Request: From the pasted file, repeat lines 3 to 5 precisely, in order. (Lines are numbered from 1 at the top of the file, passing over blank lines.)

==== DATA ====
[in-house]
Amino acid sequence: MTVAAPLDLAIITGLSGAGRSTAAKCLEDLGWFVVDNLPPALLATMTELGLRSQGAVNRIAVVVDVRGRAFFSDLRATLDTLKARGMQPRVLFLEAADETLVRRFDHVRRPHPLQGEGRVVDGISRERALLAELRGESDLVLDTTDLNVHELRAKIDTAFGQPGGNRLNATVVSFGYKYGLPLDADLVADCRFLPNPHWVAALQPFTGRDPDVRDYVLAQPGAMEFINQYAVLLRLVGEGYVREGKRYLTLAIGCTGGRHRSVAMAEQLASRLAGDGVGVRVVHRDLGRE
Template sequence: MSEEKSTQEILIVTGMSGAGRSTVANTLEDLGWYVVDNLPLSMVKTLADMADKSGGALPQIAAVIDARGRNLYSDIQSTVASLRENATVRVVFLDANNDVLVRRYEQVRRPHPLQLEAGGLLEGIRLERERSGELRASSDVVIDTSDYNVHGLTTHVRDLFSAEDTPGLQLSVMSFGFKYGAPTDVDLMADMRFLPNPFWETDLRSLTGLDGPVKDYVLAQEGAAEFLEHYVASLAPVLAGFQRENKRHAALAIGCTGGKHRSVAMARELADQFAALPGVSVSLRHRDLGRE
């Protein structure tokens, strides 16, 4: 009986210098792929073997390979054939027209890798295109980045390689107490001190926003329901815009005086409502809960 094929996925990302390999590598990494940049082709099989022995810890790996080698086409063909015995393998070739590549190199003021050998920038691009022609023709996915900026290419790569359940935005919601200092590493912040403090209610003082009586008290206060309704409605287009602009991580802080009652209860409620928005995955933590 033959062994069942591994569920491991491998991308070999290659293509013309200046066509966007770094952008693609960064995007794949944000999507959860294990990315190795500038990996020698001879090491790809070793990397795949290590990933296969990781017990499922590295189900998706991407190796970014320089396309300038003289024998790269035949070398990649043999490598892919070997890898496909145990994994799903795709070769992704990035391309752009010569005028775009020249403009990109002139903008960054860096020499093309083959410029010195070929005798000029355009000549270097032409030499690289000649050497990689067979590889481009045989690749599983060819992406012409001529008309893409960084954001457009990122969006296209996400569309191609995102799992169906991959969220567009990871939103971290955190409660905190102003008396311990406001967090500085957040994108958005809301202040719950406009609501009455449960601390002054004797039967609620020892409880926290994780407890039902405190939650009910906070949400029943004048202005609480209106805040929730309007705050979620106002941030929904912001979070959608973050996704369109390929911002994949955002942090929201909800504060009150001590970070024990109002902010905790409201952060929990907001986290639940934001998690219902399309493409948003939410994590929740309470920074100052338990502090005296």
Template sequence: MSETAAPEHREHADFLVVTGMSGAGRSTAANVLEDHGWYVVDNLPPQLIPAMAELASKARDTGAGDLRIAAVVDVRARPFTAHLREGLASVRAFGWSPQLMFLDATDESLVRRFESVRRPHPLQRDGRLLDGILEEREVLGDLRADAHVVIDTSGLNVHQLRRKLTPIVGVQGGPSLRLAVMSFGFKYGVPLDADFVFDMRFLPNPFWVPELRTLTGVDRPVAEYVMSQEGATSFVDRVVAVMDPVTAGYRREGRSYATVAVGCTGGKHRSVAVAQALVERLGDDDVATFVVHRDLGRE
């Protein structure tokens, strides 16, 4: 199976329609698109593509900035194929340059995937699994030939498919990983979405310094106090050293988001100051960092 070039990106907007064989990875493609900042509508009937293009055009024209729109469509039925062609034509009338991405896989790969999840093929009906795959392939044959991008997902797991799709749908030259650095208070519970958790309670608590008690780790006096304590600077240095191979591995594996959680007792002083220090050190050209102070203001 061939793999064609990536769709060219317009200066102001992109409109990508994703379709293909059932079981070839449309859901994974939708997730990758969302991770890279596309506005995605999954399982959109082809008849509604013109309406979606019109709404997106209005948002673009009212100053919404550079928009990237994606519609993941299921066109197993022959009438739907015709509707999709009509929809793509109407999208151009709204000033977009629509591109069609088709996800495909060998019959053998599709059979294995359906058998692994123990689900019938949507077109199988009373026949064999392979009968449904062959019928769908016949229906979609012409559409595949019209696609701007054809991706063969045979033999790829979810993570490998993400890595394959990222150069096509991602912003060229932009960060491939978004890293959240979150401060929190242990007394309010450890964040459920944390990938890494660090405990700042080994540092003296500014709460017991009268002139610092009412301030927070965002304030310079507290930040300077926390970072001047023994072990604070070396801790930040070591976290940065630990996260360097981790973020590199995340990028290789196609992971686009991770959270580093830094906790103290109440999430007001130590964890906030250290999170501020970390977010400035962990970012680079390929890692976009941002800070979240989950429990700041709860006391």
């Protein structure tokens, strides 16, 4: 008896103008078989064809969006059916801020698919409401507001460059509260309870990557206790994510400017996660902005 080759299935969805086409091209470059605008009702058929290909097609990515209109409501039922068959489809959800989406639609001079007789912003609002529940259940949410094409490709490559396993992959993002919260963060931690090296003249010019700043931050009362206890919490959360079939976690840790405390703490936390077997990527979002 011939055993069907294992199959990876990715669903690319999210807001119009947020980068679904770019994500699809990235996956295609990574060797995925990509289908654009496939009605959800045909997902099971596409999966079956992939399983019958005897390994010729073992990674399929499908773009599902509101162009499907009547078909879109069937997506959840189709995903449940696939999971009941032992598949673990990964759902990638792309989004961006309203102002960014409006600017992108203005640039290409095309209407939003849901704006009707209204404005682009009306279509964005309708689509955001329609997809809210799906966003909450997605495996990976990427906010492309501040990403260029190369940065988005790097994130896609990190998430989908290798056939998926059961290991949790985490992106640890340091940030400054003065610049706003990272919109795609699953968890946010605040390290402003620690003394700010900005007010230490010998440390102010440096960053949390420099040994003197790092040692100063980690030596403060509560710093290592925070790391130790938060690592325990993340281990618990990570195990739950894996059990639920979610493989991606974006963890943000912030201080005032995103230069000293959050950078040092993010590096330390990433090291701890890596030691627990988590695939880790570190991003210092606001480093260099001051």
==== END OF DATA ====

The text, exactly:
Template sequence: MSEEKSTQEILIVTGMSGAGRSTVANTLEDLGWYVVDNLPLSMVKTLADMADKSGGALPQIAAVIDARGRNLYSDIQSTVASLRENATVRVVFLDANNDVLVRRYEQVRRPHPLQLEAGGLLEGIRLERERSGELRASSDVVIDTSDYNVHGLTTHVRDLFSAEDTPGLQLSVMSFGFKYGAPTDVDLMADMRFLPNPFWETDLRSLTGLDGPVKDYVLAQEGAAEFLEHYVASLAPVLAGFQRENKRHAALAIGCTGGKHRSVAMARELADQFAALPGVSVSLRHRDLGRE
């Protein structure tokens, strides 16, 4: 009986210098792929073997390979054939027209890798295109980045390689107490001190926003329901815009005086409502809960 094929996925990302390999590598990494940049082709099989022995810890790996080698086409063909015995393998070739590549190199003021050998920038691009022609023709996915900026290419790569359940935005919601200092590493912040403090209610003082009586008290206060309704409605287009602009991580802080009652209860409620928005995955933590 033959062994069942591994569920491991491998991308070999290659293509013309200046066509966007770094952008693609960064995007794949944000999507959860294990990315190795500038990996020698001879090491790809070793990397795949290590990933296969990781017990499922590295189900998706991407190796970014320089396309300038003289024998790269035949070398990649043999490598892919070997890898496909145990994994799903795709070769992704990035391309752009010569005028775009020249403009990109002139903008960054860096020499093309083959410029010195070929005798000029355009000549270097032409030499690289000649050497990689067979590889481009045989690749599983060819992406012409001529008309893409960084954001457009990122969006296209996400569309191609995102799992169906991959969220567009990871939103971290955190409660905190102003008396311990406001967090500085957040994108958005809301202040719950406009609501009455449960601390002054004797039967609620020892409880926290994780407890039902405190939650009910906070949400029943004048202005609480209106805040929730309007705050979620106002941030929904912001979070959608973050996704369109390929911002994949955002942090929201909800504060009150001590970070024990109002902010905790409201952060929990907001986290639940934001998690219902399309493409948003939410994590929740309470920074100052338990502090005296």
Template sequence: MSETAAPEHREHADFLVVTGMSGAGRSTAANVLEDHGWYVVDNLPPQLIPAMAELASKARDTGAGDLRIAAVVDVRARPFTAHLREGLASVRAFGWSPQLMFLDATDESLVRRFESVRRPHPLQRDGRLLDGILEEREVLGDLRADAHVVIDTSGLNVHQLRRKLTPIVGVQGGPSLRLAVMSFGFKYGVPLDADFVFDMRFLPNPFWVPELRTLTGVDRPVAEYVMSQEGATSFVDRVVAVMDPVTAGYRREGRSYATVAVGCTGGKHRSVAVAQALVERLGDDDVATFVVHRDLGRE